While farming takes the lead in the rural Chididi, most families are food insecure during this period of the year until the next growing season. Families enter into deliberate division of labor in situation like this.
Most men are forced to provide labor to other, better local farmers to get a little something to feed their families.
Some choose to migrate to major towns promising to return within the period with food items or money. This is the toughest period for Chididi women, just as with many other women in many parts in the developing world.
As if this is not enough, women in Chididi wake up as early as 3:00 am to draw water in streams and some queue more than necessary to get a pail of water.
Lack of water causes more work for women
Activities of man have led to a low water table due to careless cutting down of trees and poor farming practices. The woman sitting behind the borehole (photo below) is waiting for the water to swell up as the water had stopped coming out.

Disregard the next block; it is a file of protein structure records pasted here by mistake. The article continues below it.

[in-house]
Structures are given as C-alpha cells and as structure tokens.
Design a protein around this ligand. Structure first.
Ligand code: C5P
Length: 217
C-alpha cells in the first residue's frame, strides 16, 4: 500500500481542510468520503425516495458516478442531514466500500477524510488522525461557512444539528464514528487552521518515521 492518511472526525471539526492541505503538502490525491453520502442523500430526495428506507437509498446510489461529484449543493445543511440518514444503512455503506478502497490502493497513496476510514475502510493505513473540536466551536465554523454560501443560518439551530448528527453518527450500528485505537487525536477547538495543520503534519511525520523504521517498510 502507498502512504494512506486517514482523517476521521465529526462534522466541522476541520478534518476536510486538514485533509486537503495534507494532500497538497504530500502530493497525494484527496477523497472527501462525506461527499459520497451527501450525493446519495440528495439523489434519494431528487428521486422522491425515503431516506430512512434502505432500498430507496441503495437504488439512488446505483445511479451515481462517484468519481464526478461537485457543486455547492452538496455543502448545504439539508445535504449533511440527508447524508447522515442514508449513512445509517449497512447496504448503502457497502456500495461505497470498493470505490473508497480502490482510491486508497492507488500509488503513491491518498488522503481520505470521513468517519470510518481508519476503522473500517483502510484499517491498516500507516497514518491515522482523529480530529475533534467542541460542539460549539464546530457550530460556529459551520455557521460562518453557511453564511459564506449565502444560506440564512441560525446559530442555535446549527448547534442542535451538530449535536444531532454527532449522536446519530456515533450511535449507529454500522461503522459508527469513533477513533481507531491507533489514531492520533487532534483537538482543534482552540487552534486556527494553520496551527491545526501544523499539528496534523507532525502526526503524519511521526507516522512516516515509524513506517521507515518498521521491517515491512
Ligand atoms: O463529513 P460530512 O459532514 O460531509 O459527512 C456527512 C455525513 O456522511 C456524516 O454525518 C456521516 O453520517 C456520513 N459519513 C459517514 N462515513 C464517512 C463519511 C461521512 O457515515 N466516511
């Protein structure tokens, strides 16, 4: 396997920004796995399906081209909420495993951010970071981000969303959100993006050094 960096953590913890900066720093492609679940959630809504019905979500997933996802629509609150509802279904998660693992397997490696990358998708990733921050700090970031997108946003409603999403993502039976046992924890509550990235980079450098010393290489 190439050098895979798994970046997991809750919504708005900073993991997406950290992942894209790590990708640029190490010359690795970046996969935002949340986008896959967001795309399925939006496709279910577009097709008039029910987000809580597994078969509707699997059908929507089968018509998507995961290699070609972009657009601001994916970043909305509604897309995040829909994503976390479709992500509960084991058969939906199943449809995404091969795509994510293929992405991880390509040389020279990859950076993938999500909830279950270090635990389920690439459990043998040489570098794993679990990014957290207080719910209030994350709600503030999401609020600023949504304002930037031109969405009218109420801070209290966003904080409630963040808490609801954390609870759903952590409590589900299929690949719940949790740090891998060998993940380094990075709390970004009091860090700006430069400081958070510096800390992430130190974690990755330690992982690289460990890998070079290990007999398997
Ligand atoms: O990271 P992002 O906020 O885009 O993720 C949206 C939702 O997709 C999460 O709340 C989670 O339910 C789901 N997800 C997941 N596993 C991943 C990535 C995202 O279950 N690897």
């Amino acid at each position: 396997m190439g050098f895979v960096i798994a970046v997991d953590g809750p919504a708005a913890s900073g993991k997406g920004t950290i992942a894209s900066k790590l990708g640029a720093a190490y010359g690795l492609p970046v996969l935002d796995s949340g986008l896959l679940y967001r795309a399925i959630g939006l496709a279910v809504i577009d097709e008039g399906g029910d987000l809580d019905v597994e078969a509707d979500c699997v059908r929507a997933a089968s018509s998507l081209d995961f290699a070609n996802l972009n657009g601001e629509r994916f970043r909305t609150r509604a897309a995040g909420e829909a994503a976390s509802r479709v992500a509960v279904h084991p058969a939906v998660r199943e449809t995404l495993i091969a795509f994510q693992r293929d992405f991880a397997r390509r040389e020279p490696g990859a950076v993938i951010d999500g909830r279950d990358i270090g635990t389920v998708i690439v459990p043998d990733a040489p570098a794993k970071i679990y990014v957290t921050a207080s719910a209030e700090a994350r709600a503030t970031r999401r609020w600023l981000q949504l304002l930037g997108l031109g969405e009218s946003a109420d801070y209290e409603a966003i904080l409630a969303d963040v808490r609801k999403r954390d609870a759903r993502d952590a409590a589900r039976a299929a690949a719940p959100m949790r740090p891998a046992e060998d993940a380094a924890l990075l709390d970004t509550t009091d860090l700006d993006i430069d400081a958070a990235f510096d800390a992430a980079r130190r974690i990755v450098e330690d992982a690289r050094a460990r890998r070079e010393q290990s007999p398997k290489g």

Such situations in water points are the order of the day during dry period in Chididi. Women have more work to do than time allows, at their disposal.
Attending to organised meetings is becoming a problem.
Many opt to send their contributions through friends or children to physically showing themselves up to a groups’ call. This impedes on decision making during meetings.
Field Facilitators have more distances to walk than before to monitor groups and collect data because groups no longer converge at designated places. To make sure that work goes on well, field facilitators reach each household to check performance. Field facilitators only manage to monitor five groups in a month instead of ten.
Some of the open water points (rivers/streams) have less or no water at all. Water swells up in the morning, forcing women to leave bed early to get the water. Those that wake up late walk longer distances to get water.
One of the surviving water sources has almost eight villages that it supplies water to. The most worrisome issue is the sanitation part at such places. People bring food for their siblings, and there is no place where all of them can help themselves.
Chididi: A Portait of Climate Change